Developed by: Artifact 5 inc.
Published by: Artifact 5 inc.
Available on: PC, PlayStation 4
“Anamorphine” is a game about investing in a personal vision, grappling with life’s blows, failures, and the effort it takes to mend a broken self. Though it’s not a horror game per se, the story it tells concerns mental deterioration. As one moves through its stylized environments, familiar spaces, visually transform. A hallway might lead to a new place or a room might open onto incongruous terrain. These spatial changes correlate to the main character’s emotional fluctuations.
From a design standpoint, “Anamorphine” cleverly builds on Hideo Kojima’s “P.T.” One progresses through “Anamorphine” by looking at objects or phenomena in the environment — from beer bottles arrayed across a living room to the eye of a cellphone camera, and these visual triggers propel the game’s story line. In “Anamorphine,” like “P.T.,” home is an unstable place that inspires us to reflect on an unstable psyche.
“Anamorphine” is a game that largely forgoes dialogue and completely eschews cutscenes. One experiences the game simply by moving through its areas and absorbing the details of its environmental storytelling. At its start you find yourself in the bedroom of someone who is clearly disturbed. Piles of garbage take up most of the surrounding area and there is evidence of unbridled drinking. “Anamorphine” begins at the nadir so that we’re made to wonder how the main character, Tyler, came into his predicament. Walking around the room you’ll spot luminous bluish-white pieces which look to belong to the violin family. Moving next to them causes them to scoot in the direction of an empty cello case resting in the closet where, piece by piece, they take on the shape of the missing instrument.
Once the spectral cello is formed you can pass through it like it’s a portal, into a strangely arranged space: a moving vehicle whose interior is abnormally sprawling. Wending your way around the interior’s surreal right angles, it’s difficult to miss the boxes with the portentous labels: Elena fragile, Tyler fragile. At length, the storage space opens onto the couple’s freshly moved-in apartment whose walls have yet to be fully painted. Standing outside on the balcony, Elena’s hair shimmers from light blue to light purple. Though she says nothing, she looks in your direction with a contented air.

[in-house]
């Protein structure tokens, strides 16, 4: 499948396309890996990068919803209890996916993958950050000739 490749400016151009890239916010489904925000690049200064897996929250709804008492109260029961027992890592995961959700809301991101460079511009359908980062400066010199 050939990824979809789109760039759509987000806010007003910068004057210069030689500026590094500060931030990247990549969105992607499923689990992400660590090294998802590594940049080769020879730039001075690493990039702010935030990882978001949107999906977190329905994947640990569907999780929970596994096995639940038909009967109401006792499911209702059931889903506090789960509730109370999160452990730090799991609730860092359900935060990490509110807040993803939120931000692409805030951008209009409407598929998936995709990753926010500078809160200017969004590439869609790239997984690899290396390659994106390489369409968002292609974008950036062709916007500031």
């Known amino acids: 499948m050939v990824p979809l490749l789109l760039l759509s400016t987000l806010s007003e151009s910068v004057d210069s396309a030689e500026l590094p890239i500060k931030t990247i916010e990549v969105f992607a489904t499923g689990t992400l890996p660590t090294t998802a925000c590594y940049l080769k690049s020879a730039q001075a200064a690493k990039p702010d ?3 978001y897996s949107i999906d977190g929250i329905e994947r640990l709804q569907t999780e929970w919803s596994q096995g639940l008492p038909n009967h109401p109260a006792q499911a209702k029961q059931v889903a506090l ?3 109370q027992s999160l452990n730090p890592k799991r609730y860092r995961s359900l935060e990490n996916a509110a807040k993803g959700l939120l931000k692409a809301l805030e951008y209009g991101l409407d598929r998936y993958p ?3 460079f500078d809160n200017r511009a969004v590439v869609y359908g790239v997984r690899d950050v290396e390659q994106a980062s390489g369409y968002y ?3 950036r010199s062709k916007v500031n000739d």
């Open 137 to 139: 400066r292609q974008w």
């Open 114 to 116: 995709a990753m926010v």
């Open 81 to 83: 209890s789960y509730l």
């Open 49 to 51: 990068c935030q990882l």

Walking through the rooms past the boxes causes books to leap onto bookcases, bottles to array themselves in a liquor cabinet, and dishes to take up residence in the shelves above the kitchen counter. Passing through the rooms of the apartment, a new scene opens in which Tyler and Elena play host to a few friends in their tidy, decorated home. Maneuvering over to where Elena is seated at the kitchen table, drinking with two people, freezes the moment into a picture. The new space in which you find yourself is a small chamber where, on the far wall, hangs the picture of Elena at the kitchen table. In the surrounding corners of the room are boxes, pictures of Elena and Tyler, a cello, a few potted cactuses and the liquor cabinet. Stepping out of the chamber reveals a dreamy unfinished amphitheater-like structure. Along its perimeter are curtained nooks that resemble the room from out of which you stepped. As you progress further into the story, these rooms are eventually revealed to contain snapshots and mementos from important junctures in Tyler and Elena’s life together.
The transitions in the game — the manner in which the scenes easily skip back and forth from the pedestrian to the abstract — make “Anamorphine’s” visual editing stand out. Because the game is about working through memories and emotions, both of which are nothing if not edited experiences, it’s understandable that the game unfolds as a series of disconnected scenes. Such an aesthetic highlights that this work is not about life as it happens but life as it is remembered, distorted by the prism of emotional interpretation.
Tyler and Elena’s story is an uncomplicated tragedy about an artist who loses her ability to perform. I wasn’t moved by the story’s central calamity because the characters in the game have the dispositions of mannequins, but a certain amount of emotional detachment from the characters is not a problem here. Free from impulses of mimetic realism, “Anamorphine’s” emotional energy arises from the movement through its environments, seeing how they connect and comment on one another. The characters in the game are unemotive but its spatial dynamics are anything but. “Anamorphine’s” art lies in its fascinating manipulation of a virtual world.
Christopher Byrd is a Brooklyn-based writer. His work has appeared in the New York Times Book Review, the New Yorker and elsewhere. Follow him on Twitter @Chris_Byrd.
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